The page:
bodies. The second digit in the rating is the water protection factor.
IP65 indicates a lamp is totally protected against dust and protected
against low pressure jets if water from all directions - limited ingress
: The Kelvin unit is the basis of all temperature
measurement. In lighting, Kelvin is the unit of measure for color
temperature used to indicate the overall color of the light produced
from a source. See correlated color temperature.
: The measure of electrical power equal to 1000 watts.
Kilowatt Hour (kWh)
: The measure of electrical energy from which electricity billing is determined. For example, at the rate of $0.11
kWh, a 100 watt lamp operating for 1000 hours will cost $11.00 (100 x 1000/1000 = 100 kWh x .11 = $11.00)
: A noble gas used in lamps, typically Krypton lamps offer brighter, whiter light than standard incandescent.
: The lighting industry term for a complete light source package, typically referred to by consumers as a "bulb".
Light Center Length (LCL)
: The distance between the center of the filament, or arc tube, and a reference plane - usually the bottom of the
: Radiant energy that stimulates the sense of sight.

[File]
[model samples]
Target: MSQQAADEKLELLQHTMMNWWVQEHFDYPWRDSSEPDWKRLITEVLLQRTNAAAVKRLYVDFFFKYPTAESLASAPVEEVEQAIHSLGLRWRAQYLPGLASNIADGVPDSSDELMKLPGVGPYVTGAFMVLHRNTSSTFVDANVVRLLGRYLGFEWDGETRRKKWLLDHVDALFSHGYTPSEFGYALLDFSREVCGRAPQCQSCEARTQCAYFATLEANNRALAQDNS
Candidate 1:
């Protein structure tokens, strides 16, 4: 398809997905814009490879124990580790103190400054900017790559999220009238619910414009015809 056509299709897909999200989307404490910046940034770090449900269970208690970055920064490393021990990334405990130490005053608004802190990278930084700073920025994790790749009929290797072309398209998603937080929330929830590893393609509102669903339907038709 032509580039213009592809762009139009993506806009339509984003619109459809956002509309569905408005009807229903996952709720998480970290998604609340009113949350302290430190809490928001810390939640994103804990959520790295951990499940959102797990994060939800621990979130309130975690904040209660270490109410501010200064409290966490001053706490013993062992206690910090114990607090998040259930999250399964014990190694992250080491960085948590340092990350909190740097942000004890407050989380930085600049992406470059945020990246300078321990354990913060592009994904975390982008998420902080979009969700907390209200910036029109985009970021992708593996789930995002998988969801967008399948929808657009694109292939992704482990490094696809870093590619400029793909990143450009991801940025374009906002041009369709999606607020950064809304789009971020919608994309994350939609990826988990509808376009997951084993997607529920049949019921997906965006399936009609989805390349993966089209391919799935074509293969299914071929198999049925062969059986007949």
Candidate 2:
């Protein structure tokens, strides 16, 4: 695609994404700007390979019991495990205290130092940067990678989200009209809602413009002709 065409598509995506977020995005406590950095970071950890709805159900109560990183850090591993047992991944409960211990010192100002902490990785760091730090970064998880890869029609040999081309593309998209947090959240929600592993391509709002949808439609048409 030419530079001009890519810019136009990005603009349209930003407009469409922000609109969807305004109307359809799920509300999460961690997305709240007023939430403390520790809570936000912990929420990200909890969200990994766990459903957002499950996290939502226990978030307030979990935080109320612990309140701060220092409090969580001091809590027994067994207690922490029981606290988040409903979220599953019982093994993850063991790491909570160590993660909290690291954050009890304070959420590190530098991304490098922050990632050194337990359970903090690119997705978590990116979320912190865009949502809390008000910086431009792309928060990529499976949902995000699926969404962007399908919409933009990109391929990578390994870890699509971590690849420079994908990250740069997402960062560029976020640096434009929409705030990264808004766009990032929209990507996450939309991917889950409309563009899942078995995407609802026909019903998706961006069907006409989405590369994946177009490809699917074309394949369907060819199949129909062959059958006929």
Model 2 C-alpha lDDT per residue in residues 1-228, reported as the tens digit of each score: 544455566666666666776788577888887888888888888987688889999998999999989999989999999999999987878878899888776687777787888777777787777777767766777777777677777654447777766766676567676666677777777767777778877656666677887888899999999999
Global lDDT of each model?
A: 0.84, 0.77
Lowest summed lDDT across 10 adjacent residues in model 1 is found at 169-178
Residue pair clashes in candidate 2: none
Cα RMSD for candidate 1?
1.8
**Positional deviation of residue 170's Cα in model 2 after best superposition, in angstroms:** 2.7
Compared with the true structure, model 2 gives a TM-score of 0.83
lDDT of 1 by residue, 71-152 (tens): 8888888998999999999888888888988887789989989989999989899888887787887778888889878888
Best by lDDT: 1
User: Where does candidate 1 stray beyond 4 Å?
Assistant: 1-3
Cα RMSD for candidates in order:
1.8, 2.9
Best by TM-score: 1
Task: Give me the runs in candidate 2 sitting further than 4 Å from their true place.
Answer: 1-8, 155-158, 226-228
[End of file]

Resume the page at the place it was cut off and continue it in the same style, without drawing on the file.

The "visible" part of the electromagnetic spectrum from 380-770 nm.
Light is the energy which allows us to see.
: Light that is directed to areas where it is not
needed, and thereby interferes with some visual act. Light pollution
directed or reflected into the sky creates a "dome" of wasted light and
makes it difficult to see stars above cities.
Light Trespass (Spill Light)
: Light that is not aimed properly or shielded
effectively can spill out at into areas that don't want it: it can be
directed towards drivers, pedestrians or neighbors. It is distracting
and can be disabling.
: See voltage.
: A measure of luminous flux or quantity of light emitted by a source.
: The gradual decline in light output from a light source over time due to filament deterioration and bulb
: A measurement of how a lamp maintains its light output over time.
Lumens Per Watt (LPW)
: A measure of the efficacy (efficiency) of a light source. The number is achieved by dividing lumens produced by
: A complete lighting unit consisting of a lamp (or
lamps), ballast (or ballasts) as required to distribute the light,
position and protect the lamps and connect them to the power supply. A
luminaire is often referred to as a fixture.
: A photometric measure of "brightness" of a surface as seen by the observer, measured in candelas per square meter.
: The light output (lumens) of a light source divided
by the total power input (watts) to that source. It is expressed in